Cyber security at nuclear facilities. Cyber attacks are never entirely virtual, because they can have direct impacts on physical and human infrastructure. A malicious intrusion into control systems at a nuclear power plant, for instance, could cause a radiological accident or an intentional release of radioactive material. In a worst-case scenario, interference with the command and control of nuclear weapons could lead to unprecedented consequences, such as an unauthorized missile launch.

Civilian nuclear facilities require thousands of digital systems to support their operation. Software patches and updates are even more challenging than routine maintenance, and tech support usually comes from a single vendor. Contrary to popular belief, a computer system that is isolated from unsecured networks (or “air-gapped”) is not immune to cyber attacks, which can come from a compromised supply chain or from insiders. The Stuxnet computer worm, for example, destroyed about 1,000 Iranian centrifuges between 2009 and 2010, despite the fact that critical systems were air-gapped. The worm spread to these systems from infected USB thumb drives.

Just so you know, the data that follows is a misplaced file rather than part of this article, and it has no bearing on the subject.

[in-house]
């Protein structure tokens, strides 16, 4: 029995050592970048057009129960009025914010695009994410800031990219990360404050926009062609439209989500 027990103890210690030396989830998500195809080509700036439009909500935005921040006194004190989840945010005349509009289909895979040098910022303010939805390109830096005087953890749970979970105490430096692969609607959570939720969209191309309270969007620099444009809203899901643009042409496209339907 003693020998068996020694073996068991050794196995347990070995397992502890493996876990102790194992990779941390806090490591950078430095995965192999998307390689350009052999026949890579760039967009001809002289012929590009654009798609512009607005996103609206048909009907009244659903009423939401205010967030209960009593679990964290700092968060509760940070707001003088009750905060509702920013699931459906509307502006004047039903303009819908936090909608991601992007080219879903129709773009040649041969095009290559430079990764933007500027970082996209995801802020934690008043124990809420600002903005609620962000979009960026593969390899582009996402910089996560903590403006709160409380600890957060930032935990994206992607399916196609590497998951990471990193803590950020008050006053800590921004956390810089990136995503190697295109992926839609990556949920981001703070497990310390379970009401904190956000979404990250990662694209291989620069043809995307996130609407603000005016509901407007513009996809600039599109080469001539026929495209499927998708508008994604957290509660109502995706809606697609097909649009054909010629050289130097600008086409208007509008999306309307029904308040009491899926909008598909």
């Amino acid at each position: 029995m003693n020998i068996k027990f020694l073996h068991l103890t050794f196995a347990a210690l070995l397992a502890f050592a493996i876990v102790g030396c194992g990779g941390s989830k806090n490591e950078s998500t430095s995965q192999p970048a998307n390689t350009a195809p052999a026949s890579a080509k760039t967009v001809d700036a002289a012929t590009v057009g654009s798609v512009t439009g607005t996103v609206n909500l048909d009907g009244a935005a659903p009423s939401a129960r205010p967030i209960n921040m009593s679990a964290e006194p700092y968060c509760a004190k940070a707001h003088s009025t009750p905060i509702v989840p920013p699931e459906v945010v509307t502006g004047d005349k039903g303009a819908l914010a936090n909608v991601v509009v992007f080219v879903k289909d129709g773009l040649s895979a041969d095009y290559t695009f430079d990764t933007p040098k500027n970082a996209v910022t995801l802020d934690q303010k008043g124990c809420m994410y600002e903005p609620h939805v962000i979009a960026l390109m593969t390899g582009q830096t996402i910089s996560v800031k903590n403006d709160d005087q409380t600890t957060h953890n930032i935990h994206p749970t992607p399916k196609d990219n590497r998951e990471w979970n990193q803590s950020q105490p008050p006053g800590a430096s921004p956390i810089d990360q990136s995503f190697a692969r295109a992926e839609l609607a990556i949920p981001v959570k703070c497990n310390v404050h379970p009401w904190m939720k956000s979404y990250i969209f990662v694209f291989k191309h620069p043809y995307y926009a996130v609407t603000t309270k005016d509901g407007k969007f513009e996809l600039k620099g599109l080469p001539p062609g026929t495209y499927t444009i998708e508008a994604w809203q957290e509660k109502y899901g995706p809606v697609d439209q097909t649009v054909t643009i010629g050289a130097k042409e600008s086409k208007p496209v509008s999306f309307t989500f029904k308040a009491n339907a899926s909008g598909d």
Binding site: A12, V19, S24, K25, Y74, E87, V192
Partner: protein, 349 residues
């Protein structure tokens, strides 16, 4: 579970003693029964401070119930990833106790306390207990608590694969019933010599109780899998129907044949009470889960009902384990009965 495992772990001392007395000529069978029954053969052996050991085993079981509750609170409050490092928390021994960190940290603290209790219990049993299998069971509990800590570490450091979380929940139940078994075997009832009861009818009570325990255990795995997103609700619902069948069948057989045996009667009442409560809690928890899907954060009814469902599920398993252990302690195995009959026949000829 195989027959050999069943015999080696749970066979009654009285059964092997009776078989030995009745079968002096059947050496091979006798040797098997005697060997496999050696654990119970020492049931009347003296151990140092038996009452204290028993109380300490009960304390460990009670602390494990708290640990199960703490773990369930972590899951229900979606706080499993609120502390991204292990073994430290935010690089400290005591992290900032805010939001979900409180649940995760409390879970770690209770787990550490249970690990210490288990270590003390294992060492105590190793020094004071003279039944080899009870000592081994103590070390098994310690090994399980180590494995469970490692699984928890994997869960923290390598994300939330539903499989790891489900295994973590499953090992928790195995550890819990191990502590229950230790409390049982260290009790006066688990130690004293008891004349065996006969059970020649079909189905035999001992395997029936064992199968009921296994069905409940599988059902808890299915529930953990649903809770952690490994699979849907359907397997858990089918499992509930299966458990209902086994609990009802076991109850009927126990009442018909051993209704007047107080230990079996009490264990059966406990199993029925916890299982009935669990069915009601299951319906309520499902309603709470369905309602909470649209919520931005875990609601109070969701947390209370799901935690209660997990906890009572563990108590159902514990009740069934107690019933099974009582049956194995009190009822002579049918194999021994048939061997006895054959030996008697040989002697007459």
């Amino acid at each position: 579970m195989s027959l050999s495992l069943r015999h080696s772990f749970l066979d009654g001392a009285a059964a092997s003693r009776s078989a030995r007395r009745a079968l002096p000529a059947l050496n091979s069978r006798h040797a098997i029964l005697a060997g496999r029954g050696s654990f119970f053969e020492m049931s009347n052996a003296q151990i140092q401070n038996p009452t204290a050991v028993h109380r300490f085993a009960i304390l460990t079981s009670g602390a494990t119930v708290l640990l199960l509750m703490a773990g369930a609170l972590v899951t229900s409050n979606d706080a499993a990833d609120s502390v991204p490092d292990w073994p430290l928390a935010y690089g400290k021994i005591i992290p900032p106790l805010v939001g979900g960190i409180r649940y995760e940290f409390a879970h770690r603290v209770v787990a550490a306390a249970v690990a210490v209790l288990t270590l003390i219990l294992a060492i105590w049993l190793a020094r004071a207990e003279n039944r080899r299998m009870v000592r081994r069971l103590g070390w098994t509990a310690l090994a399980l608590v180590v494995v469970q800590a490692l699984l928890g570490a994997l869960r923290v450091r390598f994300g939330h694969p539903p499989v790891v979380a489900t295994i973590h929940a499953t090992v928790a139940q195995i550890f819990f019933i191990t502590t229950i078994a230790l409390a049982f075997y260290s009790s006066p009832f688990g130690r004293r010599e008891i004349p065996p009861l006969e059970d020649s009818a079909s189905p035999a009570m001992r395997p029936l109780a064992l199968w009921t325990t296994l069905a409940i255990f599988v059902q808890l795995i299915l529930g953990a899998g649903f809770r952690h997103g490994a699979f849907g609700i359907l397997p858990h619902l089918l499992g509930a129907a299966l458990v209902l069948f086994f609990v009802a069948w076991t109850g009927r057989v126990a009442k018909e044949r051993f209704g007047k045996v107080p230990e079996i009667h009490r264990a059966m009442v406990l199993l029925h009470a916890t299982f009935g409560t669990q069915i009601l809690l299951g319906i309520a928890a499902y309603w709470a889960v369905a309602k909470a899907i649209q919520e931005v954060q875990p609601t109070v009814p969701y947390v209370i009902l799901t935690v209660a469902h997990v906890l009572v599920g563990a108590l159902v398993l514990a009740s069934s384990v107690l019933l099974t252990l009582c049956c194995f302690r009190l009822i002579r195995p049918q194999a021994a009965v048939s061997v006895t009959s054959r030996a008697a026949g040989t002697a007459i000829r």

A number of states lack stringent requirements or national policies to protect nuclear facilities from cyber attacks. This is a dangerous situation, considering the growing number of incidents: for instance, the SQL Slammer worm that infected the Davis-Besse nuclear power plant in Ohio in 2003, the 2014 attack at the Korea Hydro and Nuclear Power plant that resulted in the leak of 10,000 workers’ personal details, and the 2015 intrusion into Supervisory Control And Data Acquisition (SCADA) systems of the Ukrainian power grid that caused outages for several hours. These cases not only show that security practices are in need of further improvements, but also reinforce a negative image of the nuclear industry.